(STAR) By Paolo Romero - The Philippines signed yesterday three loans worth $410 million with the World Bank (WB), the country’s biggest assistance package from the multilateral agency since the late 1990s.

President Arroyo witnessed the signing of the three loan agreements by Finance Secretary Margarito Teves and World Bank Country Director Joachim von Amsberg in Malacañang yesterday.

The World Bank, whose stated goal is to reduce poverty, said the loans will help finance the National Government’s (NG) basic education and health reform programs as well as state-owned Land Bank of the Philippines’ financing package for local government units (LGUs).

"The increase in World Bank investments in the Philippines has become possible because of the country's improved fiscal policies, von Amsberg said. "With a more sustainable fiscal situation, the Philippines can benefit from increased volumes of low cost financing from official lenders such as the World Bank."

The $200-million loan for basic education, payable over 20 years and with an eight-year grace period, seeks to strengthen school management and improve teaching effectiveness.

The $110 million loan for the health sector, also with the same terms, will provide health insurance for indigents as well as improve health service delivery for disease prevention and regulate pharmaceuticals, the bank said.

The education and health programs will be implemented by the Department of Education and Department of Health, respectively. Both programs are designed to support strategic priorities in the national budget to help both the health and education departments improve governance and finance expenditures critical for delivering health and education services.

The remaining $100 million will be provided to the Landbank for financing local government efforts to improve public service, infrastructure and social services.

The World Bank noted recently that while the Philippines had been acclaimed as one of the most highly educated countries, national and international tests in recent years have shown that the quality of education was slowly eroding.

"Local government units play a very important role in reducing poverty incidence in the Philippines. This World Bank loan will go a long way in enabling LGUs fulfill their mandate of managing their growth and development programs," Finance Secretary Margarito Teves said. – With AP

Stocks continue to drop on fears of Milenyo’s impact The Philippine Star 10/04/2006

Stocks fell yesterday on concern property losses and lost wages due to typhoon Milenyo may damp consumer spending, hurting earnings of companies.

Typhoon Milenyo, the strongest to hit Manila since 1995, smashed into the Philippine capital on Sept. 28, knocking down power and communication lines in the city and other parts of Luzon island. Work was curtailed for two days and power has not been fully restored.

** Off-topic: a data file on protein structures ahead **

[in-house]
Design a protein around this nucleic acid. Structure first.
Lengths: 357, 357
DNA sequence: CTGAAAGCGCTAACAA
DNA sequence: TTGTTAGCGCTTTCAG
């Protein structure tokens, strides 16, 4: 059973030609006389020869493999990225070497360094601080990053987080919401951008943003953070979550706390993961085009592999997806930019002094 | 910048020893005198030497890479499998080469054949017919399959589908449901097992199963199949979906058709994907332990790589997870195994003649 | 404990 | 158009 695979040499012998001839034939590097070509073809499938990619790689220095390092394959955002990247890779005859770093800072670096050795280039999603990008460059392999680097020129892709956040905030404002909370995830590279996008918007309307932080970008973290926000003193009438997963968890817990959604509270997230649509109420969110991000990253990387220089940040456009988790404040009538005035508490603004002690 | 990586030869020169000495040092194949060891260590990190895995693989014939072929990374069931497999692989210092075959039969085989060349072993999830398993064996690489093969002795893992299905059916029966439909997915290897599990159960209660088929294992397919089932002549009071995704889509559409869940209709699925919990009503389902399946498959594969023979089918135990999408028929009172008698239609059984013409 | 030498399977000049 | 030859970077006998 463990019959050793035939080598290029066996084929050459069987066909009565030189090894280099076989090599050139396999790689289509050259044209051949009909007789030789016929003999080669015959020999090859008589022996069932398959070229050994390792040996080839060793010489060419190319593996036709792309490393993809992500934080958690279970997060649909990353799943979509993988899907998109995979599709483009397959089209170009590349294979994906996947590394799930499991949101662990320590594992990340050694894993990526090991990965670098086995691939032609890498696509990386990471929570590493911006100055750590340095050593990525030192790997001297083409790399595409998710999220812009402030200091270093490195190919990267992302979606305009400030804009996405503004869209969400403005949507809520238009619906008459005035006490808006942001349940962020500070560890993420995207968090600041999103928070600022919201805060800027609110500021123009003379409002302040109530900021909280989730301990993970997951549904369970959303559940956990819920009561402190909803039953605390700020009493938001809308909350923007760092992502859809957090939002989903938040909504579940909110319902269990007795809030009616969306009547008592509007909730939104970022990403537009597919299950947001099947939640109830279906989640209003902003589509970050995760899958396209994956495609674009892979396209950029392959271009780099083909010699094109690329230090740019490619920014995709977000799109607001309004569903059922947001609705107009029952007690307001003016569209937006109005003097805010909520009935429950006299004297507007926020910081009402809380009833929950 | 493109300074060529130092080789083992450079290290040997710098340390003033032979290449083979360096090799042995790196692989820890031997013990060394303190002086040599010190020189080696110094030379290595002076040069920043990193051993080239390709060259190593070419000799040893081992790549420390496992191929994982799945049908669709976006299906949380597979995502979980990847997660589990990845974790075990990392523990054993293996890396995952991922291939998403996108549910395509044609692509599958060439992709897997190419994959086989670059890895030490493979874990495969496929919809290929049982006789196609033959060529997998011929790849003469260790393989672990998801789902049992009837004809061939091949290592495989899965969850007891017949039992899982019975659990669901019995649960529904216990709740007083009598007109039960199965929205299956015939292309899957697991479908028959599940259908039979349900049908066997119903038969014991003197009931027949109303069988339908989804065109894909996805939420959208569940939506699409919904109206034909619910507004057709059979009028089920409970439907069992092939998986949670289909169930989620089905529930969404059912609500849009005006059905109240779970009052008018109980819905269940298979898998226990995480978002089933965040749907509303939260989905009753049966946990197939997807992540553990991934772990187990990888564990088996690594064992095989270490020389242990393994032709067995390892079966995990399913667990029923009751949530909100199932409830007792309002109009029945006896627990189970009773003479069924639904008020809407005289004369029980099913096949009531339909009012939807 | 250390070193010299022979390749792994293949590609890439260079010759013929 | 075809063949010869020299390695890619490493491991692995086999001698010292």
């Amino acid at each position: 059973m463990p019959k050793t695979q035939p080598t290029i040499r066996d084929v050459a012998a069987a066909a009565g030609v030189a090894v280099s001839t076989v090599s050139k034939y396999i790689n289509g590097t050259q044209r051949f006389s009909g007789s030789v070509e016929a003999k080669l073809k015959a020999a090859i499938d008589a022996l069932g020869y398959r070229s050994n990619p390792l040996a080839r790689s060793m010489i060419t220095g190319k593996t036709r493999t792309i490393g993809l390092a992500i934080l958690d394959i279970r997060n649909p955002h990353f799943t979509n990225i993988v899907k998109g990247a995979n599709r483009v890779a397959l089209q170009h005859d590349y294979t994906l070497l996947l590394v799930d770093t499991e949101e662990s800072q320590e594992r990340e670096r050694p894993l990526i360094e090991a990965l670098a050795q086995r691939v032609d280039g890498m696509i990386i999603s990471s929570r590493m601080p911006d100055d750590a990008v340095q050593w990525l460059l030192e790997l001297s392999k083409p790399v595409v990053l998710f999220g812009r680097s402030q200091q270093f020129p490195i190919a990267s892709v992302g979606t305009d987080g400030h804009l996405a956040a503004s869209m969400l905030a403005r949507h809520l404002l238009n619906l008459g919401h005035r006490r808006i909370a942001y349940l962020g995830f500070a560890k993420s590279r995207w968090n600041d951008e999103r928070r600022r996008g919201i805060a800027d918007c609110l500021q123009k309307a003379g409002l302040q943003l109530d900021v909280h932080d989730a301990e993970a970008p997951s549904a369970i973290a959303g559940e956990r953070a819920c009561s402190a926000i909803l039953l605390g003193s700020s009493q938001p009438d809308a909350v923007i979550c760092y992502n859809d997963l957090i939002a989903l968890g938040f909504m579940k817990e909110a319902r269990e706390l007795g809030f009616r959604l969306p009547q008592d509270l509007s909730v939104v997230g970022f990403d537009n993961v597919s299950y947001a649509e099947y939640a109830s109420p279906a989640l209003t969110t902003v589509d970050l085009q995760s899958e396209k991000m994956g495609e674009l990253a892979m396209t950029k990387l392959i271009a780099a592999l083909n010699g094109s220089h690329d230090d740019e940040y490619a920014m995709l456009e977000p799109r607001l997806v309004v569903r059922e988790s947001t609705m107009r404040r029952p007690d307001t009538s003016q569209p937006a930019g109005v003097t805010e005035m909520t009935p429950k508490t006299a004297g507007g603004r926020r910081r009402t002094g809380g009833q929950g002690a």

"Property losses will force people to cut back on spending," said Paul Joseph Garcia, who helps manage about $1.2 billion at ING Investment Management. "The brown outs forced companies to shutdown temporarily and this affects daily wage earners."

The Philippine Stock Exchange Index lost 20.19, or 0.8 percent, to 2,522.50 at the noon close. Losers beat gainers 62 to 30. The market dropped 0.6 percent Monday. The index hasn’t dropped for two or more consecutive days since a five-session slide ending Aug. 25.

Stocks may extend declines, Garcia said.

"The adverse impact on the economy and earnings of the companies hasn’t been fully factored in by the market," he said.

Philippine Long Distance Telephone Co. (PLDT), the nation’s biggest company, dropped P35, or 1.6 percent, to P2,215. Ayala Corp., owner of the country’s largest builder, dropped P5, or 1.1 percent, to P460.

Metropolitan Bank & Trust Co., fell 50 centavos, or 1.2 percent, to P41.

"The weakening of US economy is also aggravating the situation," Garcia said. "This is bad for global equities and has a negative impact on local stocks."

Manufacturing in the US expanded less than forecast last month, while spending on home construction fell for a fifth straight month. US-based Filipinos account for over half of remittances paid back to the Philippines.

"The US is our biggest trading partner," said Astro del Castillo, managing director of First Grade Holding Inc., a financial management and advisory company in Manila. "Any sign that its economic expansion may be weakening could affect us."

Slowing growth in exports may make it harder for the Philippine government to meet its goal of boosting economic expansion to at least 5.5 percent this year.

"We were expecting a rebound given the peso’s rice past the 50 to the dollar mark but that obviously was not enough to inspire investors to go back into the market," said Rommel Macapagal of Westlink Global Equities.

"Investors are looking for excuses to unload and then buy on dips. I think overall sentiment though remains positive given improving economic fundamentals," said Lawrence de Leon of Accord Capital Equities. – AF

Chief News Editor: Sol Jose Vanzi

All rights reserved